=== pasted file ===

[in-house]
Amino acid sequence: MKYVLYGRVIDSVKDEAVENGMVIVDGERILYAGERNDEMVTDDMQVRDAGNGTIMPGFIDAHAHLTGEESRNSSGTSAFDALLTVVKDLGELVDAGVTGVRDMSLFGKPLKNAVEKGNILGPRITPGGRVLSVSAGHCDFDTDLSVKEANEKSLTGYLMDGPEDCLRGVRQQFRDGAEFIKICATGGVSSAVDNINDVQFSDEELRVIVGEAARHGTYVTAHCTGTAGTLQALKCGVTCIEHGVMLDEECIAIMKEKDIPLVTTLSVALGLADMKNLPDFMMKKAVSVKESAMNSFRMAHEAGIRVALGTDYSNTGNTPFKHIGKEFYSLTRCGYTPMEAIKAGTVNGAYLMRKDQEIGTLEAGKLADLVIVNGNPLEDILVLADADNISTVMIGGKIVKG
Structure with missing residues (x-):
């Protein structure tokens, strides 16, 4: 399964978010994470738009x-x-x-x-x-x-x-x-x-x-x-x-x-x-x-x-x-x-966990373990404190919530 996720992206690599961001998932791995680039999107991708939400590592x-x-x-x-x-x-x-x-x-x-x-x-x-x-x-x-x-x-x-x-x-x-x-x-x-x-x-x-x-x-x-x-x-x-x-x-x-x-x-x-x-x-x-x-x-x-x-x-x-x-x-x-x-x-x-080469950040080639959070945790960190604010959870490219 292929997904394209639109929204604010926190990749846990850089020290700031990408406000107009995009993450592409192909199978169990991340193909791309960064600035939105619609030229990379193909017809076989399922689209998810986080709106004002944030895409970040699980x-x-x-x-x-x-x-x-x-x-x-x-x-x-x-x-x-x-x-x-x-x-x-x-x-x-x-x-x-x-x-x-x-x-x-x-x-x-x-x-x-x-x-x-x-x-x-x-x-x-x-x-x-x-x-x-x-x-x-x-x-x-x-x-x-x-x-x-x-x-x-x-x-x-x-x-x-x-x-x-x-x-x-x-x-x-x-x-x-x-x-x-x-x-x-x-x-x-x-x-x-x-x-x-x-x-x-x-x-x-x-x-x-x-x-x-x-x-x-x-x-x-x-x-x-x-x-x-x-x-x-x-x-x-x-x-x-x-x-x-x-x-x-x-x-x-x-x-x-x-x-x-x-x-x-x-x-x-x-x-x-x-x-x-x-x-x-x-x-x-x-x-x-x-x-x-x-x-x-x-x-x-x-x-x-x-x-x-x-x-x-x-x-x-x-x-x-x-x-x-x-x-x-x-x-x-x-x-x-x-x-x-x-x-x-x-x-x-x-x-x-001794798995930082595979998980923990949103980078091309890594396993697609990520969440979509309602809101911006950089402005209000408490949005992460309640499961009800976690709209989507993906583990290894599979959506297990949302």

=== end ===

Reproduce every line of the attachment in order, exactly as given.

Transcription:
[in-house]
Amino acid sequence: MKYVLYGRVIDSVKDEAVENGMVIVDGERILYAGERNDEMVTDDMQVRDAGNGTIMPGFIDAHAHLTGEESRNSSGTSAFDALLTVVKDLGELVDAGVTGVRDMSLFGKPLKNAVEKGNILGPRITPGGRVLSVSAGHCDFDTDLSVKEANEKSLTGYLMDGPEDCLRGVRQQFRDGAEFIKICATGGVSSAVDNINDVQFSDEELRVIVGEAARHGTYVTAHCTGTAGTLQALKCGVTCIEHGVMLDEECIAIMKEKDIPLVTTLSVALGLADMKNLPDFMMKKAVSVKESAMNSFRMAHEAGIRVALGTDYSNTGNTPFKHIGKEFYSLTRCGYTPMEAIKAGTVNGAYLMRKDQEIGTLEAGKLADLVIVNGNPLEDILVLADADNISTVMIGGKIVKG
Structure with missing residues (x-):
């Protein structure tokens, strides 16, 4: 399964978010994470738009x-x-x-x-x-x-x-x-x-x-x-x-x-x-x-x-x-x-966990373990404190919530 996720992206690599961001998932791995680039999107991708939400590592x-x-x-x-x-x-x-x-x-x-x-x-x-x-x-x-x-x-x-x-x-x-x-x-x-x-x-x-x-x-x-x-x-x-x-x-x-x-x-x-x-x-x-x-x-x-x-x-x-x-x-x-x-x-x-080469950040080639959070945790960190604010959870490219 292929997904394209639109929204604010926190990749846990850089020290700031990408406000107009995009993450592409192909199978169990991340193909791309960064600035939105619609030229990379193909017809076989399922689209998810986080709106004002944030895409970040699980x-x-x-x-x-x-x-x-x-x-x-x-x-x-x-x-x-x-x-x-x-x-x-x-x-x-x-x-x-x-x-x-x-x-x-x-x-x-x-x-x-x-x-x-x-x-x-x-x-x-x-x-x-x-x-x-x-x-x-x-x-x-x-x-x-x-x-x-x-x-x-x-x-x-x-x-x-x-x-x-x-x-x-x-x-x-x-x-x-x-x-x-x-x-x-x-x-x-x-x-x-x-x-x-x-x-x-x-x-x-x-x-x-x-x-x-x-x-x-x-x-x-x-x-x-x-x-x-x-x-x-x-x-x-x-x-x-x-x-x-x-x-x-x-x-x-x-x-x-x-x-x-x-x-x-x-x-x-x-x-x-x-x-x-x-x-x-x-x-x-x-x-x-x-x-x-x-x-x-x-x-x-x-x-x-x-x-x-x-x-x-x-x-x-x-x-x-x-x-x-x-x-x-x-x-x-x-x-x-x-x-x-x-x-x-x-x-x-x-x-x-001794798995930082595979998980923990949103980078091309890594396993697609990520969440979509309602809101911006950089402005209000408490949005992460309640499961009800976690709209989507993906583990290894599979959506297990949302």